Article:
Being hit by a car is the most common way for a pet to break a bone, according to Veterinary Pet Insurance of Brea, Calif., which received more than 5,000 claims for fractures in 2008. About 40 percent of fractures resulted from accidents in which pets were hit by cars.
The second and third most common causes were jumping and falling, respectively, making up collectively another 40 percent of fracture claims. These claims most often involved pets jumping or falling from couches, beds or the laps of their owners.
The remaining 20 percent of fracture claims included those in which pets ran into stationary objects, fought with other pets, got caught in a tight space or were unintentionally struck with moving objects.
Breaks to the humerus, femur, radius, ulna and tibia made up most of the fracture claims in 2008. The most common treatment of these breaks, surgical implantation of an orthopedic plate, had an average submitted claim fee of $1,500.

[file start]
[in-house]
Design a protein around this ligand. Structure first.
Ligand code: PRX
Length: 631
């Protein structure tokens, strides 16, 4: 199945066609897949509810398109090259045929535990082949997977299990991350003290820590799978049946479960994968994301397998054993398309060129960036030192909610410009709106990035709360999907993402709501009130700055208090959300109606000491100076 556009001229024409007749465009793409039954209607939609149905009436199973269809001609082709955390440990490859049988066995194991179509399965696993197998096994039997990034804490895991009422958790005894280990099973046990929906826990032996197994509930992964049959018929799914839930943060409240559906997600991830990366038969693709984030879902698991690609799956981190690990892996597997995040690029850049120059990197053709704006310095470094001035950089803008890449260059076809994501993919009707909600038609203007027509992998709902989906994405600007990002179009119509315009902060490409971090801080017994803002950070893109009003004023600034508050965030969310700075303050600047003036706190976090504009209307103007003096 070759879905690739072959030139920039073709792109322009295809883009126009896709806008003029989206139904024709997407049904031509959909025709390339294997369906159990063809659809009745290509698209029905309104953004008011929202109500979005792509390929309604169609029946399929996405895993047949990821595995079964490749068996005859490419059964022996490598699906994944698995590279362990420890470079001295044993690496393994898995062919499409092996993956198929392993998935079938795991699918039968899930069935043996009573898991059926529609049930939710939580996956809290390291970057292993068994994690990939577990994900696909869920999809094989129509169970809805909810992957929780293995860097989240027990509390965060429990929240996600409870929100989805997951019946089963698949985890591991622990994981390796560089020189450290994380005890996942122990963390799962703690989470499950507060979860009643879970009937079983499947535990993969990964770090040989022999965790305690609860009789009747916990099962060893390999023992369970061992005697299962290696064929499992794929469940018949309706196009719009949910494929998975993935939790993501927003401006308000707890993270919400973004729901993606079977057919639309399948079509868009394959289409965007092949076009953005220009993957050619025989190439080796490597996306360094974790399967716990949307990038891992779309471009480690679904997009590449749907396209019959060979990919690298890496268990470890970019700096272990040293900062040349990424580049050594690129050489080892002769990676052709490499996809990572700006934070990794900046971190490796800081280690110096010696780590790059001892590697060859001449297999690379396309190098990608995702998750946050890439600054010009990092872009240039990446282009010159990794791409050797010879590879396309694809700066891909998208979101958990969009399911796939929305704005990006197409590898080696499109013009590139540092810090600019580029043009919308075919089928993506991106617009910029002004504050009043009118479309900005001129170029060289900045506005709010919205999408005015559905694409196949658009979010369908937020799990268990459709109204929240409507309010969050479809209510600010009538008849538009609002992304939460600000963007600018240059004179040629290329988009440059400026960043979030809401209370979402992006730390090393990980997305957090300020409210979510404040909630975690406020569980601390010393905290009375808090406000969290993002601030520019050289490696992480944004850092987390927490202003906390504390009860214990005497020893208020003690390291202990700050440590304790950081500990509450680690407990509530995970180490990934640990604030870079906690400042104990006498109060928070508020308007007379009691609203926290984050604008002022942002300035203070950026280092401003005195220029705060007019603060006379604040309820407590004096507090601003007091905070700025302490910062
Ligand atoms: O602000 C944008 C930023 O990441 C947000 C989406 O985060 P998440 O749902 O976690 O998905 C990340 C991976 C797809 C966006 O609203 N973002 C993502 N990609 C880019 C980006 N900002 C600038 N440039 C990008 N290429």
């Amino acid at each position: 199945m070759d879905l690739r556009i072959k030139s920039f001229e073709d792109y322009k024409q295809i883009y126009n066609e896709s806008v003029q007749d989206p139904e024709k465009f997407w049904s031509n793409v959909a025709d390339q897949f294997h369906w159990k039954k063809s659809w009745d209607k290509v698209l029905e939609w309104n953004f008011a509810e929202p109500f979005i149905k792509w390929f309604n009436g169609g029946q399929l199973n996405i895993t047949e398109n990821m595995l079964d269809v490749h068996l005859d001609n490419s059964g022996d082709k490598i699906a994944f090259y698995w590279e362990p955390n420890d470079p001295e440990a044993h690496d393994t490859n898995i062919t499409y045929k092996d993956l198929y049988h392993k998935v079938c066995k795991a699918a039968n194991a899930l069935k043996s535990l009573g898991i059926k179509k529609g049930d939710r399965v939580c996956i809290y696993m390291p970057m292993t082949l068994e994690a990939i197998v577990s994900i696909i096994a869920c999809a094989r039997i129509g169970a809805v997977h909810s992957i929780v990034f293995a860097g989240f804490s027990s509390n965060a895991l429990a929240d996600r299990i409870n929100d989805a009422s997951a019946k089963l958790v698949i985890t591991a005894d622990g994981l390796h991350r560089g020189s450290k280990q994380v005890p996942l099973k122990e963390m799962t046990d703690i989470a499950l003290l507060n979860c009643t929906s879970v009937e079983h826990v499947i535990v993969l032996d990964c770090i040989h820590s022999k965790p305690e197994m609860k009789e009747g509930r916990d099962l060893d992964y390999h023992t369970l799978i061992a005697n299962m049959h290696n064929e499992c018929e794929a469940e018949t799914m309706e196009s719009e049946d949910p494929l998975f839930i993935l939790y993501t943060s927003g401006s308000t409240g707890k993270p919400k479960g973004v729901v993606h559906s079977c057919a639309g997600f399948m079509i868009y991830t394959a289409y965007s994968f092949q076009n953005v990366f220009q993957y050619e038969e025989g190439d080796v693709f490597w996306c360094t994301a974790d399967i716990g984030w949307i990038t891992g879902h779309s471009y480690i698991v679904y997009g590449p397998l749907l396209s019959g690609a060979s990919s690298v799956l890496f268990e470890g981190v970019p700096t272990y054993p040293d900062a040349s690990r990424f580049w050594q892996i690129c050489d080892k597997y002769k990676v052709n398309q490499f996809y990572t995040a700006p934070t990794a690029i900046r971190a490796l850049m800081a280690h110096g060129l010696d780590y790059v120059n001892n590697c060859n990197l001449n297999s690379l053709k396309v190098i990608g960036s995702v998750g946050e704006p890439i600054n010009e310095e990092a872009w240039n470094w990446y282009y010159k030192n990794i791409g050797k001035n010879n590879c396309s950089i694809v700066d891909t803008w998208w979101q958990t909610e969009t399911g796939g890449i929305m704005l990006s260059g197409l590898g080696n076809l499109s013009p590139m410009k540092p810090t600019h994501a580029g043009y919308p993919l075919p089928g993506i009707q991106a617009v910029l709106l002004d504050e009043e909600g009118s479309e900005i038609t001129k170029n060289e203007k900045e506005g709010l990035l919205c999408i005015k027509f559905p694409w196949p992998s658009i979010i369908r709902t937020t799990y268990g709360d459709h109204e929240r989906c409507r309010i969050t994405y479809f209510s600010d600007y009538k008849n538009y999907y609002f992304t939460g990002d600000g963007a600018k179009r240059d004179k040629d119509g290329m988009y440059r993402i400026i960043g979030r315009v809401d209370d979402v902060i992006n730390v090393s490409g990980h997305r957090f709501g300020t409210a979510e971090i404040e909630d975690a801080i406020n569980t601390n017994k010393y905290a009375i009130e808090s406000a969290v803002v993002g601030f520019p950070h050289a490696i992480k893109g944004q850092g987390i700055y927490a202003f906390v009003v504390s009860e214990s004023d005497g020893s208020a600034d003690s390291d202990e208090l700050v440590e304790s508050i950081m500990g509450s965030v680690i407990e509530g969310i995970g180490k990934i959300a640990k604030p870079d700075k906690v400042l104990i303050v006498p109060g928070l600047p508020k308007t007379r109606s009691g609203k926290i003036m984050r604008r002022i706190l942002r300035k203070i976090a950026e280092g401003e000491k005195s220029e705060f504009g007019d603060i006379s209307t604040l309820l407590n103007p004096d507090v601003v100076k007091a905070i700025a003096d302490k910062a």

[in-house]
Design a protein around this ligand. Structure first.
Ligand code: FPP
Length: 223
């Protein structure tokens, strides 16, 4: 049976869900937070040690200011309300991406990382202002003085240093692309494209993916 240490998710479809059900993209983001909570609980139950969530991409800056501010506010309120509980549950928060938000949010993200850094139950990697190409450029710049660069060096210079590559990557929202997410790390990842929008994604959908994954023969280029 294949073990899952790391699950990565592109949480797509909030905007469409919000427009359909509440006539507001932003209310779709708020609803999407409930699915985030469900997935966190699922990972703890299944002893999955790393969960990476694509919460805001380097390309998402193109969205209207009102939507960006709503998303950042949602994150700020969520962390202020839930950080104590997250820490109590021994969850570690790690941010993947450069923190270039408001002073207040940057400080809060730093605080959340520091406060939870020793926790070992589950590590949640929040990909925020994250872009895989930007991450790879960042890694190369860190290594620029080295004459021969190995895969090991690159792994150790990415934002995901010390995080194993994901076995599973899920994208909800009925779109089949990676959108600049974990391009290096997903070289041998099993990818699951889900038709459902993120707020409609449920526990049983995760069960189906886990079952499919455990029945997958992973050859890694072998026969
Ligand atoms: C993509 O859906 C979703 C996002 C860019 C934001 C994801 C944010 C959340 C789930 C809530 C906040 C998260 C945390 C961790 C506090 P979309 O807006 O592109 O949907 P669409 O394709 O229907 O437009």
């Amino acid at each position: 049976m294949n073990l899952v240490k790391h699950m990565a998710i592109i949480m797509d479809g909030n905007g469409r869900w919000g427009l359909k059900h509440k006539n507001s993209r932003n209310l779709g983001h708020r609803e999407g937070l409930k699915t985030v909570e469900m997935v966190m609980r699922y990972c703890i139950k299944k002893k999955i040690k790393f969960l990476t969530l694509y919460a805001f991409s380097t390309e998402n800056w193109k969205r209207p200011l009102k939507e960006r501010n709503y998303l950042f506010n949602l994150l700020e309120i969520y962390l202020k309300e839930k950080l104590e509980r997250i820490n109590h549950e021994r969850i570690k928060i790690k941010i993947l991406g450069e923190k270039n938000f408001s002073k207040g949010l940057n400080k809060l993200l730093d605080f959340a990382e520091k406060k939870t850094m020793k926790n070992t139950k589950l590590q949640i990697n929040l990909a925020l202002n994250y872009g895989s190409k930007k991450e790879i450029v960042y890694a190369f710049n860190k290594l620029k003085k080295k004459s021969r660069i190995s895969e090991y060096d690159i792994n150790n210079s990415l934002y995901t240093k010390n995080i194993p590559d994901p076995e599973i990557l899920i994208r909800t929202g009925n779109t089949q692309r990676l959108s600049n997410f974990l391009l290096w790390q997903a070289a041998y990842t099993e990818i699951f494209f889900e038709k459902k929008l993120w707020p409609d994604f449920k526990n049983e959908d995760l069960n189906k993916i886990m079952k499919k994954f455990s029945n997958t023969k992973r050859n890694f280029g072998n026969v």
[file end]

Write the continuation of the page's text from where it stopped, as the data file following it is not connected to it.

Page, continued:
“Broken bones are painful for pets and costly for pet owners,” said Carol McConnell, vice president and chief veterinary medical officer for VPI. “Injury prevention includes careful management of a pet’s environment by removing possible threats and eliminating situations that might put a pet at risk.”
“To prevent pet accidents or injuries caused by moving vehicles, pets should be kept on a leash at all times while away from home,” McConnell added. “If a pet has a tendency to bolt out the door and into the street, the pet should be desensitized to open doors or restricted to a safe area by a fence or baby gate.”
Top 10 ways pets break bones according to Veterinary Pet Insurance:
- Hit by car
- Fight with other pet or animal
- Running and slipped
- Hit or struck with object
- Caught in or between object
- Running into object
- Stepped on
- Injured in car accident